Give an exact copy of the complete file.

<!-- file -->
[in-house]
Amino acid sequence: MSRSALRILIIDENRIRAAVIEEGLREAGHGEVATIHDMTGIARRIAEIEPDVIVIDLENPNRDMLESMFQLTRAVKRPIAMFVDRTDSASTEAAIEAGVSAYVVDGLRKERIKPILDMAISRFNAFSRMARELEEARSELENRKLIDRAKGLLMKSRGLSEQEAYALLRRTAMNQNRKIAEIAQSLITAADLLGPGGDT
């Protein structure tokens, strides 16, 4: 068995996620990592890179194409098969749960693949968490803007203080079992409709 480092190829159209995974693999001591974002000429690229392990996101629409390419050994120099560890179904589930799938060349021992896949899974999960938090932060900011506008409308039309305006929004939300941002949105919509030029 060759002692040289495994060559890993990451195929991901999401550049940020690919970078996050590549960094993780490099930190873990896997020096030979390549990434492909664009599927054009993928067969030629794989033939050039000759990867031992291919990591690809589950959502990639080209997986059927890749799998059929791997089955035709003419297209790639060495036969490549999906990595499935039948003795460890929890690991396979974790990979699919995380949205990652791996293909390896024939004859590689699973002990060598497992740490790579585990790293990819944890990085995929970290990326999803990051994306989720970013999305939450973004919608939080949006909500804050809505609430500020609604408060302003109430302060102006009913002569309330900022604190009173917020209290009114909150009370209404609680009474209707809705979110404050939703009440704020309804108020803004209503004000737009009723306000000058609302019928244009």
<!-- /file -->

[in-house]
Amino acid sequence: MSRSALRILIIDENRIRAAVIEEGLREAGHGEVATIHDMTGIARRIAEIEPDVIVIDLENPNRDMLESMFQLTRAVKRPIAMFVDRTDSASTEAAIEAGVSAYVVDGLRKERIKPILDMAISRFNAFSRMARELEEARSELENRKLIDRAKGLLMKSRGLSEQEAYALLRRTAMNQNRKIAEIAQSLITAADLLGPGGDT
């Protein structure tokens, strides 16, 4: 068995996620990592890179194409098969749960693949968490803007203080079992409709 480092190829159209995974693999001591974002000429690229392990996101629409390419050994120099560890179904589930799938060349021992896949899974999960938090932060900011506008409308039309305006929004939300941002949105919509030029 060759002692040289495994060559890993990451195929991901999401550049940020690919970078996050590549960094993780490099930190873990896997020096030979390549990434492909664009599927054009993928067969030629794989033939050039000759990867031992291919990591690809589950959502990639080209997986059927890749799998059929791997089955035709003419297209790639060495036969490549999906990595499935039948003795460890929890690991396979974790990979699919995380949205990652791996293909390896024939004859590689699973002990060598497992740490790579585990790293990819944890990085995929970290990326999803990051994306989720970013999305939450973004919608939080949006909500804050809505609430500020609604408060302003109430302060102006009913002569309330900022604190009173917020209290009114909150009370209404609680009474209707809705979110404050939703009440704020309804108020803004209503004000737009009723306000000058609302019928244009």